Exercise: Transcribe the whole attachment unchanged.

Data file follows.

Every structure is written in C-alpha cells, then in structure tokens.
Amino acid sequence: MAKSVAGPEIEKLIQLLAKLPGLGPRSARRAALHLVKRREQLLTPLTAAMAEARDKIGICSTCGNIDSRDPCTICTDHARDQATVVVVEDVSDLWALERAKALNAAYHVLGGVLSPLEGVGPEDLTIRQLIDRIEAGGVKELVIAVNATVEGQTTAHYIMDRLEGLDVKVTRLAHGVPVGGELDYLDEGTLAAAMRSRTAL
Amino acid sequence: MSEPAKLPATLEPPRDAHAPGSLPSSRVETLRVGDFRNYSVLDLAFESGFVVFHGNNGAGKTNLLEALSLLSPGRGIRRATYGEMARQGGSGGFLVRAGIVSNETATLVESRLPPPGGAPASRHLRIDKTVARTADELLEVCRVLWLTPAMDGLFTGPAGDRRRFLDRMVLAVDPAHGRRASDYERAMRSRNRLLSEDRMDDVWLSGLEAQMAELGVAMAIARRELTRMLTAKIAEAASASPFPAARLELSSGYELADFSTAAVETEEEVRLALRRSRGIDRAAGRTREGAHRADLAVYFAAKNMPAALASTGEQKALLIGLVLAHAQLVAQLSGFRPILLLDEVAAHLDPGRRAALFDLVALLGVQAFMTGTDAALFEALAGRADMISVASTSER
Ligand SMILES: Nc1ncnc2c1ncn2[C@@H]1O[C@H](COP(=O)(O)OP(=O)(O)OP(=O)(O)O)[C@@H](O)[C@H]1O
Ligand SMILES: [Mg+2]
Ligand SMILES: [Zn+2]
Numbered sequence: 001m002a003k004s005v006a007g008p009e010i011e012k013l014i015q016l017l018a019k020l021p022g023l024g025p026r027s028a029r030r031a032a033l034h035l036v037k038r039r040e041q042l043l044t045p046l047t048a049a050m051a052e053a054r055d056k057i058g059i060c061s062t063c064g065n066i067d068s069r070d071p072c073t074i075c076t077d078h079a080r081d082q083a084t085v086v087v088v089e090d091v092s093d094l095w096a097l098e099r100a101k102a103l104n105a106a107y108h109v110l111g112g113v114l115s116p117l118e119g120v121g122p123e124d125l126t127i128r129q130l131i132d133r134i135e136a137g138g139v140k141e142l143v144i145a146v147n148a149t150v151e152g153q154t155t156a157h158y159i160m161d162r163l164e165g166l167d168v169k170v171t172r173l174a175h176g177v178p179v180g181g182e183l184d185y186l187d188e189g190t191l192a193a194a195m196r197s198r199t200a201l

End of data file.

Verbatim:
Every structure is written in C-alpha cells, then in structure tokens.
Amino acid sequence: MAKSVAGPEIEKLIQLLAKLPGLGPRSARRAALHLVKRREQLLTPLTAAMAEARDKIGICSTCGNIDSRDPCTICTDHARDQATVVVVEDVSDLWALERAKALNAAYHVLGGVLSPLEGVGPEDLTIRQLIDRIEAGGVKELVIAVNATVEGQTTAHYIMDRLEGLDVKVTRLAHGVPVGGELDYLDEGTLAAAMRSRTAL
Amino acid sequence: MSEPAKLPATLEPPRDAHAPGSLPSSRVETLRVGDFRNYSVLDLAFESGFVVFHGNNGAGKTNLLEALSLLSPGRGIRRATYGEMARQGGSGGFLVRAGIVSNETATLVESRLPPPGGAPASRHLRIDKTVARTADELLEVCRVLWLTPAMDGLFTGPAGDRRRFLDRMVLAVDPAHGRRASDYERAMRSRNRLLSEDRMDDVWLSGLEAQMAELGVAMAIARRELTRMLTAKIAEAASASPFPAARLELSSGYELADFSTAAVETEEEVRLALRRSRGIDRAAGRTREGAHRADLAVYFAAKNMPAALASTGEQKALLIGLVLAHAQLVAQLSGFRPILLLDEVAAHLDPGRRAALFDLVALLGVQAFMTGTDAALFEALAGRADMISVASTSER
Ligand SMILES: Nc1ncnc2c1ncn2[C@@H]1O[C@H](COP(=O)(O)OP(=O)(O)OP(=O)(O)O)[C@@H](O)[C@H]1O
Ligand SMILES: [Mg+2]
Ligand SMILES: [Zn+2]
Numbered sequence: 001m002a003k004s005v006a007g008p009e010i011e012k013l014i015q016l017l018a019k020l021p022g023l024g025p026r027s028a029r030r031a032a033l034h035l036v037k038r039r040e041q042l043l044t045p046l047t048a049a050m051a052e053a054r055d056k057i058g059i060c061s062t063c064g065n066i067d068s069r070d071p072c073t074i075c076t077d078h079a080r081d082q083a084t085v086v087v088v089e090d091v092s093d094l095w096a097l098e099r100a101k102a103l104n105a106a107y108h109v110l111g112g113v114l115s116p117l118e119g120v121g122p123e124d125l126t127i128r129q130l131i132d133r134i135e136a137g138g139v140k141e142l143v144i145a146v147n148a149t150v151e152g153q154t155t156a157h158y159i160m161d162r163l164e165g166l167d168v169k170v171t172r173l174a175h176g177v178p179v180g181g182e183l184d185y186l187d188e189g190t191l192a193a194a195m196r197s198r199t200a201l